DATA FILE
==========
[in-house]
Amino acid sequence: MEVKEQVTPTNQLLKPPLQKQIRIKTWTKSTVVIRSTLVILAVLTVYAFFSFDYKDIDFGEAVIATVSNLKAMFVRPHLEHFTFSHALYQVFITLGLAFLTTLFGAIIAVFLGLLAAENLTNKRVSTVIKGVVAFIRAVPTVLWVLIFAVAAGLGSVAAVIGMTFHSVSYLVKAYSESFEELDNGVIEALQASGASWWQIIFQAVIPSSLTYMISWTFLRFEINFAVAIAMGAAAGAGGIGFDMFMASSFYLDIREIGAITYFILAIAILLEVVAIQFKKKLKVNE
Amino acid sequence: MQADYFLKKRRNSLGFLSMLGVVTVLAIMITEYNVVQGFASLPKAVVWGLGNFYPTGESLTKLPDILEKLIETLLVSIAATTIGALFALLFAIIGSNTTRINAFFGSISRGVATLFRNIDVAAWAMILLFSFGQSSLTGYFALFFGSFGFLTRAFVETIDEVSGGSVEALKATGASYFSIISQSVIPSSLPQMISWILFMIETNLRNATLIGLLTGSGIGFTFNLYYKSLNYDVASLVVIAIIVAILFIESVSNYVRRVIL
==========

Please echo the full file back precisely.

[in-house]
Amino acid sequence: MEVKEQVTPTNQLLKPPLQKQIRIKTWTKSTVVIRSTLVILAVLTVYAFFSFDYKDIDFGEAVIATVSNLKAMFVRPHLEHFTFSHALYQVFITLGLAFLTTLFGAIIAVFLGLLAAENLTNKRVSTVIKGVVAFIRAVPTVLWVLIFAVAAGLGSVAAVIGMTFHSVSYLVKAYSESFEELDNGVIEALQASGASWWQIIFQAVIPSSLTYMISWTFLRFEINFAVAIAMGAAAGAGGIGFDMFMASSFYLDIREIGAITYFILAIAILLEVVAIQFKKKLKVNE
Amino acid sequence: MQADYFLKKRRNSLGFLSMLGVVTVLAIMITEYNVVQGFASLPKAVVWGLGNFYPTGESLTKLPDILEKLIETLLVSIAATTIGALFALLFAIIGSNTTRINAFFGSISRGVATLFRNIDVAAWAMILLFSFGQSSLTGYFALFFGSFGFLTRAFVETIDEVSGGSVEALKATGASYFSIISQSVIPSSLPQMISWILFMIETNLRNATLIGLLTGSGIGFTFNLYYKSLNYDVASLVVIAIIVAILFIESVSNYVRRVIL